Ned and Suzie Allen

Ned Suzie Allen

When longtime philanthropists Ned and Suzie Allen got involved with the Make-a-Wish Foundation more than 20 years ago, they knew it would be a personally rewarding endeavor. But they had no idea how much it would eventually mean to their own family.

The couple was living in Florida in the late 1980s when they became involved with the Orlando chapter’s efforts to build a village for Wish kids whose wishes were to visit Disney World. After their experience helping to create the Give Kids the World Village, they were asked to helm a new major gift initiative at the organization’s national level.

It was September 2003 when they said yes, that they would head up this new fundraising initiative and donate a large sum to get it started. That’s when tragedy struck close to home.

“We got at phone call from our daughter-in-law, and I could hear sirens, and she just said, ‘It’s Chip. He’s gone, I know he’s gone, come home, please come home,’” Suzie recalled. Chip, the couple’s 18-month-old grandson, had fallen into his family’s pool. The Allens rushed to the hospital, where the toddler was in intensive care.

“He never really regained consciousness, but we were in the hospital all the next day. And at one point Ned said to me, ‘Do you realize what we’re going through right now, the Wish parents go through on a daily basis, not knowing if their kids are going to live?’”

Chip died that night, and the Allens turned their Make-a-Wish gift into an endowment in his honor “so we can have Chip’s memory live forever,” Suzie said. “My daughter-in-law said, ‘For every child we help through Make-a-Wish, we’ll make a friend for Chip in heaven.’”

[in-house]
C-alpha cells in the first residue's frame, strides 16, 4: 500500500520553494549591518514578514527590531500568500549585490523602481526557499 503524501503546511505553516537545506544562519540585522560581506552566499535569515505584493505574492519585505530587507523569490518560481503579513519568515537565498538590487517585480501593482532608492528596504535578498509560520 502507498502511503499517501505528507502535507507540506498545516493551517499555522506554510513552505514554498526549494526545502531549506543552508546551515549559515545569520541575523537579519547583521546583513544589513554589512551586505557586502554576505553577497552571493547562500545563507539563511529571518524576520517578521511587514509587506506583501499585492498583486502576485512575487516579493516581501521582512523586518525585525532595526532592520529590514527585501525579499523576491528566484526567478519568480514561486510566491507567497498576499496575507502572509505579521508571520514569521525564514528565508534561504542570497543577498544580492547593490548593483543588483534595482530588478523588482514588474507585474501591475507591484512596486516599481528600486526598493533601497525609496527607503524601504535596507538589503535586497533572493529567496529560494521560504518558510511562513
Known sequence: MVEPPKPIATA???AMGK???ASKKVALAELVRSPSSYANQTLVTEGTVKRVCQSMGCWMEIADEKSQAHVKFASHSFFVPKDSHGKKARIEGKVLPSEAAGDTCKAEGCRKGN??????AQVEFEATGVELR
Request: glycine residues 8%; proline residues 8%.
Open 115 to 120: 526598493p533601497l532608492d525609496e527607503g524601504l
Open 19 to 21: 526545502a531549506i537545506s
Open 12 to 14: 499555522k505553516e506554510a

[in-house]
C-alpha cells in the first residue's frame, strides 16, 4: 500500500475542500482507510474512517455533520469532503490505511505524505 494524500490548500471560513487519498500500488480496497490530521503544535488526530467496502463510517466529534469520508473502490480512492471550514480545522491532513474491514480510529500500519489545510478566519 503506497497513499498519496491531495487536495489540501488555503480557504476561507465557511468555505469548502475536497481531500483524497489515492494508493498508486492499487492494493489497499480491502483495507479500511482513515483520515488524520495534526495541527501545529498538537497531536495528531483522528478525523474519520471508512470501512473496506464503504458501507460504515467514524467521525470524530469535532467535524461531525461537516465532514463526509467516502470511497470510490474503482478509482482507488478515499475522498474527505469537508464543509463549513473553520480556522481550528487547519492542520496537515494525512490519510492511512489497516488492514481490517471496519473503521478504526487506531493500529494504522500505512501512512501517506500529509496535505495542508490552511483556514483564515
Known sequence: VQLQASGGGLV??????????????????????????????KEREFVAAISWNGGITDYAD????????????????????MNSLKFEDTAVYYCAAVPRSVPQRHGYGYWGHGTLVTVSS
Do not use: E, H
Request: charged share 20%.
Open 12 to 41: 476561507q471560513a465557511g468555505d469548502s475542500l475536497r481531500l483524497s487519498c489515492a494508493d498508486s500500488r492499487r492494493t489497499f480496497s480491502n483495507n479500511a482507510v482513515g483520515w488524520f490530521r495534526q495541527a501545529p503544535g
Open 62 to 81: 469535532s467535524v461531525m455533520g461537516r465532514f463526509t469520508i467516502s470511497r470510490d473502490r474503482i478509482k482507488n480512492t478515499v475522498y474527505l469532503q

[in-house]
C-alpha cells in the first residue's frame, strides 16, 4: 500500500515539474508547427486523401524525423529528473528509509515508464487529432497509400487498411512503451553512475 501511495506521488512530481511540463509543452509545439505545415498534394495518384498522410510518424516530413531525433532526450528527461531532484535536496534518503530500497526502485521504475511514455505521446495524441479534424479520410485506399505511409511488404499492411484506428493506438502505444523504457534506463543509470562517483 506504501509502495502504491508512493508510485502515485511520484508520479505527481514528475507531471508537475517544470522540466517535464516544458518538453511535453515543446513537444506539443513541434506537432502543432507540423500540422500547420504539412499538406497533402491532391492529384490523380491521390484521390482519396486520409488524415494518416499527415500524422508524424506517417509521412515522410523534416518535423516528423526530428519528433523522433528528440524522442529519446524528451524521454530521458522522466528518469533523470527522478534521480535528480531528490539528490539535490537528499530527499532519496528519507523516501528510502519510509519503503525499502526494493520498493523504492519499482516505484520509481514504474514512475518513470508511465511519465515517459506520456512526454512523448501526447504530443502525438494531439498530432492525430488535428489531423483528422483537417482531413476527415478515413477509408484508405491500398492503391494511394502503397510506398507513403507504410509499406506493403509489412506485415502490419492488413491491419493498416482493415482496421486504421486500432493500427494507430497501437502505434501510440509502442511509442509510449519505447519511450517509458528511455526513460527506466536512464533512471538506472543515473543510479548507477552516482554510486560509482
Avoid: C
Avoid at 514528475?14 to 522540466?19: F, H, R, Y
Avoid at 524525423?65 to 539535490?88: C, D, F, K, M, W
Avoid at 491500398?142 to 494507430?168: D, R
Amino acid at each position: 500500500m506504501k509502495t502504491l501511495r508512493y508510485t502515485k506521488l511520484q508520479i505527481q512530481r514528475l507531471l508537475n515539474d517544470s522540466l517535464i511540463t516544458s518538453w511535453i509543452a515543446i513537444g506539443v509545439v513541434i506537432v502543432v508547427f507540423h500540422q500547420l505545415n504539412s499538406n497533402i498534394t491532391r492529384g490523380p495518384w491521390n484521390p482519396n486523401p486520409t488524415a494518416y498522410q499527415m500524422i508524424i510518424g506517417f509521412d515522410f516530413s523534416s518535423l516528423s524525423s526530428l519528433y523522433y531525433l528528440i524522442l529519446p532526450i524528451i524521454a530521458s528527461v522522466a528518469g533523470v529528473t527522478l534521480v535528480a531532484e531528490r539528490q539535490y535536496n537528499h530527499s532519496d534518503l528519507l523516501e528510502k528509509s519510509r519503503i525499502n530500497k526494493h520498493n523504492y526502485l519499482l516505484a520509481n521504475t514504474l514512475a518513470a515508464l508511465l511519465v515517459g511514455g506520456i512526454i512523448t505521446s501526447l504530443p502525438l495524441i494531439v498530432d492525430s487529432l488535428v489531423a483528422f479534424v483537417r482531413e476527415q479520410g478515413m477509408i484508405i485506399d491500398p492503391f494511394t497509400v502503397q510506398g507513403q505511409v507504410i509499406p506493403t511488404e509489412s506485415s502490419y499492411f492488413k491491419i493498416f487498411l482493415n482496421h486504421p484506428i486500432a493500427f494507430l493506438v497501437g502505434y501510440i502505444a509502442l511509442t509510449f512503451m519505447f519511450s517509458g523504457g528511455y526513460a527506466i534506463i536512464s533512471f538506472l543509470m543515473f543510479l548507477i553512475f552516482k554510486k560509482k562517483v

The Allens’ initial gift of $300,000 to the Chip Allen Memorial Endowment Fund grew to $450,000 in its first months, as donations from the Allens’ friends and family poured in on behalf of the little boy they’d lost. Today, Chip’s fund grants about five wishes a year.

“There’s enough money in the endowment that that will continue to grow,” Ned said. “Also, there are provisions in our estate plan so that the endowment fund will have enough capital to grant a wish a month in perpetuity.”

While that kind of generosity is both rare and commendable, the Allens say they’ve received more than they’ve given to Make-a-Wish.

“It has transformed our lives,” Suzie said of their involvement with the nonprofit organization that grants wishes to kids ages 2.5 to 18 who are dealing with life-threatening illnesses. “We’ve met such wonderful people — the kids, the families, the volunteers, the donors.”

In addition to the endowment, both Suzie and Ned, who live at The Cypress of Hilton Head Island, have served on the organization’s board of directors. Suzie is now chairwoman of the board alumni group, which was her idea, while Ned is finishing up a stint as chairman of the board for the South Carolina chapter.

“I’ve had families say ‘Before the wish, my child had no interest in looking toward to the future,’” Ned said. “And they come back from their wish and say ‘I didn’t realize the world had this much potential and promise.’”